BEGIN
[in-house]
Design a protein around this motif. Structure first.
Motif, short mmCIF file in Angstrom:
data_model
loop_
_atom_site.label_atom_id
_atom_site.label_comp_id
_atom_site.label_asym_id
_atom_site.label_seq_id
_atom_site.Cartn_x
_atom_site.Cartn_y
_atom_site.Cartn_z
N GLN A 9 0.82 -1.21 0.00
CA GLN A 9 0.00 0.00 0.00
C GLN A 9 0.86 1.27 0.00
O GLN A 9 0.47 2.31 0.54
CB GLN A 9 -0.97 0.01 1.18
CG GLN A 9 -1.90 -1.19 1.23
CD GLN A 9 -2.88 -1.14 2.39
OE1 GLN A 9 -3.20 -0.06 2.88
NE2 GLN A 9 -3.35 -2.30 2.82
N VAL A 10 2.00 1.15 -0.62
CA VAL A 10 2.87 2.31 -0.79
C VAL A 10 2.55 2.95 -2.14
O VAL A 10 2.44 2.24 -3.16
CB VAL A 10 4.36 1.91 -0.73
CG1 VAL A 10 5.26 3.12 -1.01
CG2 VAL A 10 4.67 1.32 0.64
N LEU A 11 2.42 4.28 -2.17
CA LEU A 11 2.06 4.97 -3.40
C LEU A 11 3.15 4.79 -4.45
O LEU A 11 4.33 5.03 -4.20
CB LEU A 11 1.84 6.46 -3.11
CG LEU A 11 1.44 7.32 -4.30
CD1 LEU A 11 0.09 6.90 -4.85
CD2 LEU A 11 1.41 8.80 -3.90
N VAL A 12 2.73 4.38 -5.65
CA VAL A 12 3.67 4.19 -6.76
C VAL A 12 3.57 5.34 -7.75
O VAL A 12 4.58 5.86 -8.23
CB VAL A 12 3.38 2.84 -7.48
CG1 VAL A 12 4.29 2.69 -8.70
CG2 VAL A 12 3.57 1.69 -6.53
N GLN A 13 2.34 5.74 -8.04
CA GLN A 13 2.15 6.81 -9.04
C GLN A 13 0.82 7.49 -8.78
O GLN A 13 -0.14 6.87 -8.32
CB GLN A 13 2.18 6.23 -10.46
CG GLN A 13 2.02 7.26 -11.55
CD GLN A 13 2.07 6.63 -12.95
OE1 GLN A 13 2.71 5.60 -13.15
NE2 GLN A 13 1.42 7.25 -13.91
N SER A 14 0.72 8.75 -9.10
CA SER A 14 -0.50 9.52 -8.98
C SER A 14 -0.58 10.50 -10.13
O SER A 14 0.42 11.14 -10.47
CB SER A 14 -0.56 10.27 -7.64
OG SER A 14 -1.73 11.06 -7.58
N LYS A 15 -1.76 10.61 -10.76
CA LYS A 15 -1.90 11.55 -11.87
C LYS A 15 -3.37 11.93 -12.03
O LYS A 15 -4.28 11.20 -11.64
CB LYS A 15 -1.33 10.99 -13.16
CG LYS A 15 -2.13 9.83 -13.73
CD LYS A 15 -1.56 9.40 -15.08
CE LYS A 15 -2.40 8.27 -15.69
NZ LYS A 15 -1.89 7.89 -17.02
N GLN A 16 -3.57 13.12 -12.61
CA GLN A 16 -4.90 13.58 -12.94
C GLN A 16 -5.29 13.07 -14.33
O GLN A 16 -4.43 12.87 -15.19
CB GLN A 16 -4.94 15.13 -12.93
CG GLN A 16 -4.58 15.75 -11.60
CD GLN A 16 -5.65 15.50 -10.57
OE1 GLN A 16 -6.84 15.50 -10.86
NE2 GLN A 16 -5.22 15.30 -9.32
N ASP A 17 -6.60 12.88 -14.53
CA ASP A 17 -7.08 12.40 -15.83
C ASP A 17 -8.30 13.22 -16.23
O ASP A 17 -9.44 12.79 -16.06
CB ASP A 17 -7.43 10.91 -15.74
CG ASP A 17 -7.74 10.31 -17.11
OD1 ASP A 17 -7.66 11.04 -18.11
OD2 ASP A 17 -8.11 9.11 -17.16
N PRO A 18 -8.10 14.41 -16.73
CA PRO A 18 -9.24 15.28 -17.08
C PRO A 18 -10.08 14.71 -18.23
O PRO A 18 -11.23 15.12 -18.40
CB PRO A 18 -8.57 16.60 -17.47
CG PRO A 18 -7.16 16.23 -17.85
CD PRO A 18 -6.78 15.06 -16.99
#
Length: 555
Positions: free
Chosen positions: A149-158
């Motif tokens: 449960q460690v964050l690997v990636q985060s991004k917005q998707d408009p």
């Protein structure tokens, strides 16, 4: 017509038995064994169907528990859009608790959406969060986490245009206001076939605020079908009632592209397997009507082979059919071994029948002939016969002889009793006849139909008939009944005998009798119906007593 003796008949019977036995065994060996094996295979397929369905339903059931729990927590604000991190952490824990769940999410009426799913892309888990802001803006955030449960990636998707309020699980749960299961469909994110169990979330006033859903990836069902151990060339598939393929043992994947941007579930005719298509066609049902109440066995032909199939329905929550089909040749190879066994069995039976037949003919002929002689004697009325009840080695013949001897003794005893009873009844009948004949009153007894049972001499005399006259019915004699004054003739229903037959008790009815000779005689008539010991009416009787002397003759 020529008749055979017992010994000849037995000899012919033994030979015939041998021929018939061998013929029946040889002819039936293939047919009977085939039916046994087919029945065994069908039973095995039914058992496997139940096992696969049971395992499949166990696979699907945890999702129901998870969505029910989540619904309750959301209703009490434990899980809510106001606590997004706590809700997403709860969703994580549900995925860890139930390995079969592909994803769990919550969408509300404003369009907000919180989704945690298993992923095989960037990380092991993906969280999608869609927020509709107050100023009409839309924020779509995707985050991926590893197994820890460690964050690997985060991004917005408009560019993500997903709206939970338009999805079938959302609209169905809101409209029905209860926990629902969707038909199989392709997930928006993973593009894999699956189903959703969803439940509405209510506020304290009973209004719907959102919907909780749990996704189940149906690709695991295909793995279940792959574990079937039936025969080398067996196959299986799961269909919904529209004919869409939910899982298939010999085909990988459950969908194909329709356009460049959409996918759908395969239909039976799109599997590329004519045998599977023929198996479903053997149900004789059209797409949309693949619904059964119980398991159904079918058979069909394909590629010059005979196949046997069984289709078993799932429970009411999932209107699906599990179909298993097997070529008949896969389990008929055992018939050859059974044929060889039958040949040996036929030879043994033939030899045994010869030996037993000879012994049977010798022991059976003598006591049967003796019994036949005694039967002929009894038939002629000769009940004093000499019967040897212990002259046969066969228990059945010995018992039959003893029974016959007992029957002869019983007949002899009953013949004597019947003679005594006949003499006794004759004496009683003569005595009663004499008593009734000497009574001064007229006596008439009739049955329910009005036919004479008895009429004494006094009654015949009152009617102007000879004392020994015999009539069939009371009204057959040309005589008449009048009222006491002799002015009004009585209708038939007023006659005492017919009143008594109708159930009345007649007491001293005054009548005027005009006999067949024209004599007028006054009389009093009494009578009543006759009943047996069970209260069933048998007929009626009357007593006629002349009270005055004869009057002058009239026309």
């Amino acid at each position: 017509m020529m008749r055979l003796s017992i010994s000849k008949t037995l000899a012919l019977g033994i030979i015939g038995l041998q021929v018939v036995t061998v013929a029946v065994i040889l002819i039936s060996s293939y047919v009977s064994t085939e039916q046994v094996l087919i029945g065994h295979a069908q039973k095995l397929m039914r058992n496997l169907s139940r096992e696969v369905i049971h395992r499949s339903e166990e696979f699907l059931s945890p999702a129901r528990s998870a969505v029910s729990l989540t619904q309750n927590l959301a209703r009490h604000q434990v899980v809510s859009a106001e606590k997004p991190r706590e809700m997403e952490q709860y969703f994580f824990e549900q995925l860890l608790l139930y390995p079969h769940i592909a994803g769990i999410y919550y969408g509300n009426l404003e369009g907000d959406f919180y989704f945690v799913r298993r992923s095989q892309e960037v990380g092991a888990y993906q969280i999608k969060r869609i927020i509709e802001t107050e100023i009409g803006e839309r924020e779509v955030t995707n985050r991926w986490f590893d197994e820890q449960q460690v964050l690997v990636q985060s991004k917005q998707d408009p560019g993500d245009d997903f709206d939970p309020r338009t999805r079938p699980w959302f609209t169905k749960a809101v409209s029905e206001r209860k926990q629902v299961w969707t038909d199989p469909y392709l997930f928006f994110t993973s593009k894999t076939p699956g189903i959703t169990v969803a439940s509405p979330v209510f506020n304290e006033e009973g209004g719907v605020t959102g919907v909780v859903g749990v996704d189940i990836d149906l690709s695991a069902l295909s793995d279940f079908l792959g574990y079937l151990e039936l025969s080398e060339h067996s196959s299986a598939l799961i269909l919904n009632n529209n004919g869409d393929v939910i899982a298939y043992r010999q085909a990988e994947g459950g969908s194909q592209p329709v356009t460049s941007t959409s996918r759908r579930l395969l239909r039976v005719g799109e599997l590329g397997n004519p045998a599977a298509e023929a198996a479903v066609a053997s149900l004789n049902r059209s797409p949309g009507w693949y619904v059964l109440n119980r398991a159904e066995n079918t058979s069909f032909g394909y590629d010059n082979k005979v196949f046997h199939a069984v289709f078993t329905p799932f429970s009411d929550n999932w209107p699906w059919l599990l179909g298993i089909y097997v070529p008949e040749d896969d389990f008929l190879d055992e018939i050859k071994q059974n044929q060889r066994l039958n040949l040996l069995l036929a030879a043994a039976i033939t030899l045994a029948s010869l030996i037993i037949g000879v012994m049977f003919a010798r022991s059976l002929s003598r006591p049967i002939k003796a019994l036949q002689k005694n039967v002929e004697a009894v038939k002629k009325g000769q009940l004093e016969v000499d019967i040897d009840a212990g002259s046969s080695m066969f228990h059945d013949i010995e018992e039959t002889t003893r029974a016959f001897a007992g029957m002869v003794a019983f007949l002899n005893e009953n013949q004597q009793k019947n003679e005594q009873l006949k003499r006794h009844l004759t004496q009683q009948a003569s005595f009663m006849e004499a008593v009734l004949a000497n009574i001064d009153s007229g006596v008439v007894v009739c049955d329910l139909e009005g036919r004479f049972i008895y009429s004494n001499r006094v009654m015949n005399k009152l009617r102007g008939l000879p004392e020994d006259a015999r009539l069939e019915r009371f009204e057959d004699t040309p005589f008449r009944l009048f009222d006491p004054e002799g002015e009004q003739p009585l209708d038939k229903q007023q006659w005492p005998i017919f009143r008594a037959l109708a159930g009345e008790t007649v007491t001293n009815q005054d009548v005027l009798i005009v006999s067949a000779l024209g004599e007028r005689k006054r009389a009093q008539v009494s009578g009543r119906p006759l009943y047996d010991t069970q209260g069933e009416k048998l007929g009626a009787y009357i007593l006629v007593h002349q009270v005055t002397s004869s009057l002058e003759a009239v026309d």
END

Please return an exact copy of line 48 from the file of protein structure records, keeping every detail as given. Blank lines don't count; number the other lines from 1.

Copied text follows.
CB GLN A 13 2.18 6.23 -10.46